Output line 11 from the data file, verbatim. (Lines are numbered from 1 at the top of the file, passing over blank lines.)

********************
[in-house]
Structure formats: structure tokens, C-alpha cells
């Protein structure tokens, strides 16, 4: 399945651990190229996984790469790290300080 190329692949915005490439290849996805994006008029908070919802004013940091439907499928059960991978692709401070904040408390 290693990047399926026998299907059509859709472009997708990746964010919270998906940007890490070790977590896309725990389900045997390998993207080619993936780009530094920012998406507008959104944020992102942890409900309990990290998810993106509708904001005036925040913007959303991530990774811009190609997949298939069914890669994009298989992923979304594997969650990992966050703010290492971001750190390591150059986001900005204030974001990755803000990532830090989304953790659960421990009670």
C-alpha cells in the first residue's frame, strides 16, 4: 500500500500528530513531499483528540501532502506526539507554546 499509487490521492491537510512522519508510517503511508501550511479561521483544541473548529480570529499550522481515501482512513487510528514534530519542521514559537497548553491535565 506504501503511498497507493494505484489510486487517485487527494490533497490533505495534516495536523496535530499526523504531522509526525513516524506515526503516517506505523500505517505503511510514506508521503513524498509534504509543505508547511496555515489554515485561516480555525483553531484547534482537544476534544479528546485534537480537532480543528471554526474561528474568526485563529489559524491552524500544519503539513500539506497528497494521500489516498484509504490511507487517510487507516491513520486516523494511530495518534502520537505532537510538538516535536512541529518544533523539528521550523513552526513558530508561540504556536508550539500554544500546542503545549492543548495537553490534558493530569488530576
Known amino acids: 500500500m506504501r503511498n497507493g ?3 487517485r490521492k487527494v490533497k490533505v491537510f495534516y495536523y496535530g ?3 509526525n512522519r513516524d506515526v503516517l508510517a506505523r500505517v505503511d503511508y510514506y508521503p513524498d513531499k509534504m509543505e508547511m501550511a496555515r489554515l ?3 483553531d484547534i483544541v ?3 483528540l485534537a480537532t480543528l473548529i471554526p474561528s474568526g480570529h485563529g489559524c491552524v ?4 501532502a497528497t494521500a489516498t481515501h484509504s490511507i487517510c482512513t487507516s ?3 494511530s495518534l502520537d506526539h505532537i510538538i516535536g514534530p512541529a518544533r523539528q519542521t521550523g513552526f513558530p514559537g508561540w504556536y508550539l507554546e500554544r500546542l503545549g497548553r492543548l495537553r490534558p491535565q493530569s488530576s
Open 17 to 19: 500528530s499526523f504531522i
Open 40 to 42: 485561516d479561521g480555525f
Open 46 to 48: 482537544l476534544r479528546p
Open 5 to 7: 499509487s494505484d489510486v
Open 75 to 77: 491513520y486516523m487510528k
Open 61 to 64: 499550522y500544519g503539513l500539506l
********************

Open 61 to 64: 499550522y500544519g503539513l500539506l